Posted by Mike Mulligan on March 2, 2016 in Collections, Ireland

Ancestry has just launched the Irish Catholic Parish Registers collection containing over 10 million baptism, marriage and death records, covering every diocese in Ireland. For anyone with Irish ancestry, this is an incredibly exciting collection.

The parish registers along with the Irish Census (1901/1911), Irish Civil Registers (birth, marriage, death) and land records (Griffith, Tithe Books) form the backbone of Irish family history research all the way from the 17th to the 20th century.

This collection provides unprecedented coverage in time of Irish records with the earliest records dating from the late 1600s all the way until the early 20th century. Compare this, for example, with the civil registers which start in the 1860s. In many cases, the parish registers are the only written record for earlier periods in Irish history.

Beyond the range and breadth of the collection there is so much great detail contained in these records. There are family relationships, maiden names for mothers and wives and names of sponsors (God parents) and witnesses which may provide clues to other relationships. In addition, many priests recorded other details. The local parish priest was at the heart of these communities and would make notes of relevant information.

Record for Brigid Wise

Look at this record above for my great grand aunt Brigid Wise. I can see her parents William and Mary (Gulielmus and Maria in Latin). I can also see my great great grandmother Mary’s maiden name Sutton. But take a look at the note on the top of the record. It shows that Brigid married Joseph Carroll in Cabinteely parish in 1919. This fits with what I know about William and Mary moving from Wexford to Dublin around the turn of the century. As you can see this one record provides evidence for many aspects of my great great grandparent’s lives; their names, my great great grandmother’s maiden name and also evidence of my great great grandparents’ move to Dublin.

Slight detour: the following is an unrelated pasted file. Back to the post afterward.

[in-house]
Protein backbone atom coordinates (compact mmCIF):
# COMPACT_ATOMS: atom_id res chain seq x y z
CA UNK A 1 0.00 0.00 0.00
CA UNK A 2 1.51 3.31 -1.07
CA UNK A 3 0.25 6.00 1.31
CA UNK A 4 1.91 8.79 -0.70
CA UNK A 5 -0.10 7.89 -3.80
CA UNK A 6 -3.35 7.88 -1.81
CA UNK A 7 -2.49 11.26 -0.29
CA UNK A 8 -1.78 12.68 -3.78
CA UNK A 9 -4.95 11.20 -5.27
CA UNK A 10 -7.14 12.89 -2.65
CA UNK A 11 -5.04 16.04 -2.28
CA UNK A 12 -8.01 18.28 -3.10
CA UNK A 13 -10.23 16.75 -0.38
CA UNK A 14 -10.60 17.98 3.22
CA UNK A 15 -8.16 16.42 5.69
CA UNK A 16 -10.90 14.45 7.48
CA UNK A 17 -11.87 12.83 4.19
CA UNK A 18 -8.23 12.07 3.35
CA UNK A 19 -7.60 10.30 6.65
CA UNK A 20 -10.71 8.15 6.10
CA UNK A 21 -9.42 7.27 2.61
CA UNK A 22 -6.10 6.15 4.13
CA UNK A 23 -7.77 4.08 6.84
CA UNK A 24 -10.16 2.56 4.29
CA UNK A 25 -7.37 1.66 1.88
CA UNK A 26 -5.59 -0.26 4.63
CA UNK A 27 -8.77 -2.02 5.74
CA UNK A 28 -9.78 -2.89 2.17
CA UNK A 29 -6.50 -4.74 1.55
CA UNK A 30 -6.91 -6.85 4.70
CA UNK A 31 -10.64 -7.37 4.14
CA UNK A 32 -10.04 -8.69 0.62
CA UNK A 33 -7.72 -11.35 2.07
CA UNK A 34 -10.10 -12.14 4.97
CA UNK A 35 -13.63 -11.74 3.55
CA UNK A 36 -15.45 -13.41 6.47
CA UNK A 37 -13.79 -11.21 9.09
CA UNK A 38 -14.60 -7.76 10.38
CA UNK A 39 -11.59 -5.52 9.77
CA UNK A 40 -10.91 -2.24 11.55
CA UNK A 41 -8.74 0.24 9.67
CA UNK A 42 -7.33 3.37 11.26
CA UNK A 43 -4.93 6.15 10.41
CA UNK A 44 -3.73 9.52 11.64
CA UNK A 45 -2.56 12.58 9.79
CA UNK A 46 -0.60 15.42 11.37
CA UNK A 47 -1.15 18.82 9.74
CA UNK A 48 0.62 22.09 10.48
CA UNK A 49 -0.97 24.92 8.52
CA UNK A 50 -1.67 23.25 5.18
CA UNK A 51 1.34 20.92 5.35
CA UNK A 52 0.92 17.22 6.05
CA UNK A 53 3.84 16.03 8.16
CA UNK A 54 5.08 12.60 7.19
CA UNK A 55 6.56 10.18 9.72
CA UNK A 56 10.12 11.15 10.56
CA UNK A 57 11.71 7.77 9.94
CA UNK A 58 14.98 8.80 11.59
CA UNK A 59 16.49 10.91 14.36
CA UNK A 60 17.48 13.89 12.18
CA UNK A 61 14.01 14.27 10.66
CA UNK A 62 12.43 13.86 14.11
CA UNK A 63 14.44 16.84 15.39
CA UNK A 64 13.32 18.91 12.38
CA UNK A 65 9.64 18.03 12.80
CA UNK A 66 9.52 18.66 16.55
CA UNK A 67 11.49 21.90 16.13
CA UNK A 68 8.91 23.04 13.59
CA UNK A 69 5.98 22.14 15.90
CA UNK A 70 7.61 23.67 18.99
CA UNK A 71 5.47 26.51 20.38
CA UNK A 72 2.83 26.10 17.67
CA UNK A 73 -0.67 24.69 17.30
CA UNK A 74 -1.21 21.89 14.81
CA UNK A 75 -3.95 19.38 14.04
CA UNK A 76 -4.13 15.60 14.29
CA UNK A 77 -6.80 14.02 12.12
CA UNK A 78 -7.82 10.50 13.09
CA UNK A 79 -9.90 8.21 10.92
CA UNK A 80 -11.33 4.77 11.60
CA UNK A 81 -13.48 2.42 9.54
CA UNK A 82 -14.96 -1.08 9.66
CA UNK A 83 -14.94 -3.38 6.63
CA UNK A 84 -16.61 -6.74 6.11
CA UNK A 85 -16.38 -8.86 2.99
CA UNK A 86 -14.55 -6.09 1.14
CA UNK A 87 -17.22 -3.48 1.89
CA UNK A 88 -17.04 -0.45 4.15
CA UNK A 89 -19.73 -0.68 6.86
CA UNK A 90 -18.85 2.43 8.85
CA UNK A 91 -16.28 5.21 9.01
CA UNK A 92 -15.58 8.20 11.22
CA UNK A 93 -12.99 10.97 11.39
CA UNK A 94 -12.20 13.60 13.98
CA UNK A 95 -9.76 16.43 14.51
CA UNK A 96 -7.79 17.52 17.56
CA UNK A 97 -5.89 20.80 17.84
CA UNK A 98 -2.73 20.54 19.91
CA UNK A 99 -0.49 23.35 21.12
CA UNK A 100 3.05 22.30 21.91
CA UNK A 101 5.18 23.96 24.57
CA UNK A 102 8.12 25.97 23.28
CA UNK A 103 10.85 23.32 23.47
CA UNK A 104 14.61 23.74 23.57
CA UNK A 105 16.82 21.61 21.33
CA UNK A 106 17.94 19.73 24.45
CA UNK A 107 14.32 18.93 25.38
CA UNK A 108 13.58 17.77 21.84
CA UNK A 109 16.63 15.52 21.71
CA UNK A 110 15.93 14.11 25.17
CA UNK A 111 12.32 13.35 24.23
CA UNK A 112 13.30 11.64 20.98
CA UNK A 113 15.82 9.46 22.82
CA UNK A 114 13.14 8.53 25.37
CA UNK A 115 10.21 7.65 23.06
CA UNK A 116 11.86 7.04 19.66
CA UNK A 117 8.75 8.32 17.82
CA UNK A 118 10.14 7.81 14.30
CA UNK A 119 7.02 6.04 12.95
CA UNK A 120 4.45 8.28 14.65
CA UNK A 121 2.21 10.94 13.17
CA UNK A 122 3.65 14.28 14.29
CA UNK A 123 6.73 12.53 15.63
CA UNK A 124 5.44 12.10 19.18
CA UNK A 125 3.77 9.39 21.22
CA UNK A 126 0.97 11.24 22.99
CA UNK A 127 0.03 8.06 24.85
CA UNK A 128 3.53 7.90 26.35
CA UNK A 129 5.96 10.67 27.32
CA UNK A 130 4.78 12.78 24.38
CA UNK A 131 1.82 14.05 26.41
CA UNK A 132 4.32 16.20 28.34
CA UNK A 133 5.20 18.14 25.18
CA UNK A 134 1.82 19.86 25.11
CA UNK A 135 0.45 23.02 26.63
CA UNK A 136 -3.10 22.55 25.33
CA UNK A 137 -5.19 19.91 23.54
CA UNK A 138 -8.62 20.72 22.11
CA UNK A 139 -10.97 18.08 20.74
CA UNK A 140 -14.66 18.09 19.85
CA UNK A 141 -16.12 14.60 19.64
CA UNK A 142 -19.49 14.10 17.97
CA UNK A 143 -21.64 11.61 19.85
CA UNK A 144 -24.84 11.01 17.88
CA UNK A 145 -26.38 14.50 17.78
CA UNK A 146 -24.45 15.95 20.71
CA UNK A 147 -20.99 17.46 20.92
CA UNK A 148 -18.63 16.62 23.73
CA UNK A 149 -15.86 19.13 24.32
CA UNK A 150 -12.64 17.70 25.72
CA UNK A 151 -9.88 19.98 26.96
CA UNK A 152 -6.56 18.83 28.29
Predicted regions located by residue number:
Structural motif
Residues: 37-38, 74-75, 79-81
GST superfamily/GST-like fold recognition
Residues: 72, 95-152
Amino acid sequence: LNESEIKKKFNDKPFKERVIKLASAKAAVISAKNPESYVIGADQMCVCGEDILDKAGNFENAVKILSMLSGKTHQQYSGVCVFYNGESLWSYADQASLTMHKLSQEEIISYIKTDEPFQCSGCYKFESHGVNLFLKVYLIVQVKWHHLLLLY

And that is just one record. All eight of my great grandparents are in this collection along with their siblings. All sixteen of my great great grandparents are in there. Whole generations of my family history are contained in this collection. When I was younger to find these records I spent days hunched over a microfilm reader, or ringing up parish priests and asking if I could search through their local registers. Now all that information is indexed and available at my fingertips. And with a click I can save it all to my tree. Yes this is a very exciting collection.

Mike Mulligan

Mike is a Principal Product Manager at Ancestry, based in our Dublin office. Mike has been doing on family history since he was young growing up in Donegal surrounded by generations of cousins.


  1. Louise Hanson

    This site in next to useless as all we get is an index card only. In order to see the record, I guess a person has to go to their local FHL and order the film, as well as pay for it to be sent. I would think that what with Ancestry already charges for membership, a person would be able to see the record online. I found the name of one of the persons I was looking for, but the index card gives no dates of birth or anything else. Paint me disappointed.

  2. Mike Mulligan

    Louise, which collection are you referring to? The Irish Catholic Parish Registers collection is online on Ancestry including the images.

  3. Laura

    I have the same question as Jamie…the link goes to the UK Ancestry site and when you search, then click on a record, it asks you to join to search “free records.” Is this database not on the US site that we already belong to?

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